Take the 2-minute tour ×
Mathematics Stack Exchange is a question and answer site for people studying math at any level and professionals in related fields. It's 100% free, no registration required.

I'm studying for my exam and I have a bit of trouble with these kind of exercices, since I have no theory and im a bit lost:

Study the continuity in (0,0) (g(x,y) is a function depending of the exercise): $$f(x,y) = \begin{cases} g(x,y)&\text{for } (x,y)\not=(0,0)\\ 0 &\text{for }(x,y) =(0,0). \end{cases}$$ I have 2 questions:

1.What steps, or methods should I try in order to find the continuity on a function with 2 variables? (Iterated limits, etc)

2.Is there any method that can make you totally sure that a function is continous, or you can only say if its discontinous?

I really appreciate any help

Edit: This is not a real exercise its a kind of exercise.

share|improve this question

1 Answer 1

A function $f:\mathbb{R}^2\to\mathbb{R}$ is continuous at a point $(x_0,y_0)$ if and only if $$ \lim_{(x,y)\to(x_0,y_0)}f(x,y)=f(x_0,y_0). $$ This has to be true irrespective of "how" the point $(x,y)$ approaches the point $(x_0,y_0)$. In your case, the function $f$ coincides with a function $g$ on $\mathbb{R}^2\backslash\{(0,0)\}$ so is continuous at $(x_0,y_0)\neq(0,0)$ if and only if $g$ is continuous there.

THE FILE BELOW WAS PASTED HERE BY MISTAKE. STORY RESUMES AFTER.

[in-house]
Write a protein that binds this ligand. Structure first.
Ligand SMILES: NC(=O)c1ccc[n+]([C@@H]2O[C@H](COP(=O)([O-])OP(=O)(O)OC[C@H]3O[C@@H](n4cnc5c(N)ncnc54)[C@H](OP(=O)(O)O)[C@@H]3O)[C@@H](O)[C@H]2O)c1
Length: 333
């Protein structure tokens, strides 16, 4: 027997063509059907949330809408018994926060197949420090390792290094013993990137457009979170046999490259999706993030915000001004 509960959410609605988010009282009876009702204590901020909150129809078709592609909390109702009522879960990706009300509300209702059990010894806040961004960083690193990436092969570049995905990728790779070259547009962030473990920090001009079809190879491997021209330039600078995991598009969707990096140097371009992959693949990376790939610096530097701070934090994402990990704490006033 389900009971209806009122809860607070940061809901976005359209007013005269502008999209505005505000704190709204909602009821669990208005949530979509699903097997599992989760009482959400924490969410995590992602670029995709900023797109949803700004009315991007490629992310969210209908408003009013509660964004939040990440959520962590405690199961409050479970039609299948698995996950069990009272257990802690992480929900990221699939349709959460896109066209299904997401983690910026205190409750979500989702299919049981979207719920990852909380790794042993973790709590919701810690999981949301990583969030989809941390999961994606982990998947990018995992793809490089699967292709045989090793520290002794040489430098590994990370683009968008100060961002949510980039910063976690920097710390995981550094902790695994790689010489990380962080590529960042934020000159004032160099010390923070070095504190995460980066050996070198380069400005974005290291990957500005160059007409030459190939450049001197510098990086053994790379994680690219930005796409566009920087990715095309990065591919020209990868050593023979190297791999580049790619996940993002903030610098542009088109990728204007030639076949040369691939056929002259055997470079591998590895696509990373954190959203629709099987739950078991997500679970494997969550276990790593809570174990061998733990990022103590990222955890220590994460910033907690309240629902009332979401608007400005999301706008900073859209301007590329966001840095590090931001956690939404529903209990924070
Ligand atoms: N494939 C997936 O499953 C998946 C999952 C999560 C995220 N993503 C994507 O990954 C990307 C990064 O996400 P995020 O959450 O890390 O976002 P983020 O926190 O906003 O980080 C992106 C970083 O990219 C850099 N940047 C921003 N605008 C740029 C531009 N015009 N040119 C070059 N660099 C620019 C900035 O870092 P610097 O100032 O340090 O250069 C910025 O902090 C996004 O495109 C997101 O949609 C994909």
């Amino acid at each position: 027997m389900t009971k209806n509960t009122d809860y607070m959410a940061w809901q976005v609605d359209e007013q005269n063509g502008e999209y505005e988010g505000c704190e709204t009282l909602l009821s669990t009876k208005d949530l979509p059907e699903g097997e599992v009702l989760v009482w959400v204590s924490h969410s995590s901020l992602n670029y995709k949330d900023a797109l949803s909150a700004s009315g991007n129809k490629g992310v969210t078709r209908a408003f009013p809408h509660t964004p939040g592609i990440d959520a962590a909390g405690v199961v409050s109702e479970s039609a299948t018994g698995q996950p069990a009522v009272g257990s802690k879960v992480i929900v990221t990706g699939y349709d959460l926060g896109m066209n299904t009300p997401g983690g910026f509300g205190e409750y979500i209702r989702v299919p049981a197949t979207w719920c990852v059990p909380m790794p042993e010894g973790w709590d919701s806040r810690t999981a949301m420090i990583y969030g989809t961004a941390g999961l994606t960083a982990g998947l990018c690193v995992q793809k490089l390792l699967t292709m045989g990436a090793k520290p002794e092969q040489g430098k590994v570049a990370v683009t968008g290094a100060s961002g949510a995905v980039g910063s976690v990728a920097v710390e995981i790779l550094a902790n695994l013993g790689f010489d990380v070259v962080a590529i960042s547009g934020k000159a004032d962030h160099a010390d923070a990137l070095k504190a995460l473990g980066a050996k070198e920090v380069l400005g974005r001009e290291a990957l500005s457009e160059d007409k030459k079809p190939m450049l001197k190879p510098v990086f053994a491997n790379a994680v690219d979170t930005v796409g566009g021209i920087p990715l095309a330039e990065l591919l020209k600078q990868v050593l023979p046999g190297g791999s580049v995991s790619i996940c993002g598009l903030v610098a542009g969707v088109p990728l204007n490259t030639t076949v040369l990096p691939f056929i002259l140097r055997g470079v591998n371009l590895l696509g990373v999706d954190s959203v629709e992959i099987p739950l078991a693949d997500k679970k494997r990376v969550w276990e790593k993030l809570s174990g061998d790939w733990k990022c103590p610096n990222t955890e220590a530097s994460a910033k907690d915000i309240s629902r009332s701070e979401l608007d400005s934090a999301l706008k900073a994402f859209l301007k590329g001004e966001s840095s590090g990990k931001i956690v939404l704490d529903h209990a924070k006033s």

For the point $(0,0)$ you will have to show that $$ \lim_{(x,y)\to(0,0)}f(x,y)=\lim_{(x,y)\to(0,0)}g(x,y)=f(0,0)=0. $$

Since the function $g$ is not specified, not much else can be said.

share|improve this answer
    
Thanks for the reply, what methods can I use in order solve that limit with 2 variables? I read something about iterated limits and that there are more ways to solve it. –  Alejandro Jan 12 '13 at 20:44
    
@Alejandro: The method you would use would depend on the function $g$. If by iterated limits you mean performing the limits $x\to0$ and $y\to 0$ sequentially then this is not a good idea and may give a wrong result. In general, you can always resort to the $\epsilon-\delta$ definition of limits. –  Eckhard Jan 12 '13 at 20:49

Your Answer

 
discard

By posting your answer, you agree to the privacy policy and terms of service.

Not the answer you're looking for? Browse other questions tagged or ask your own question.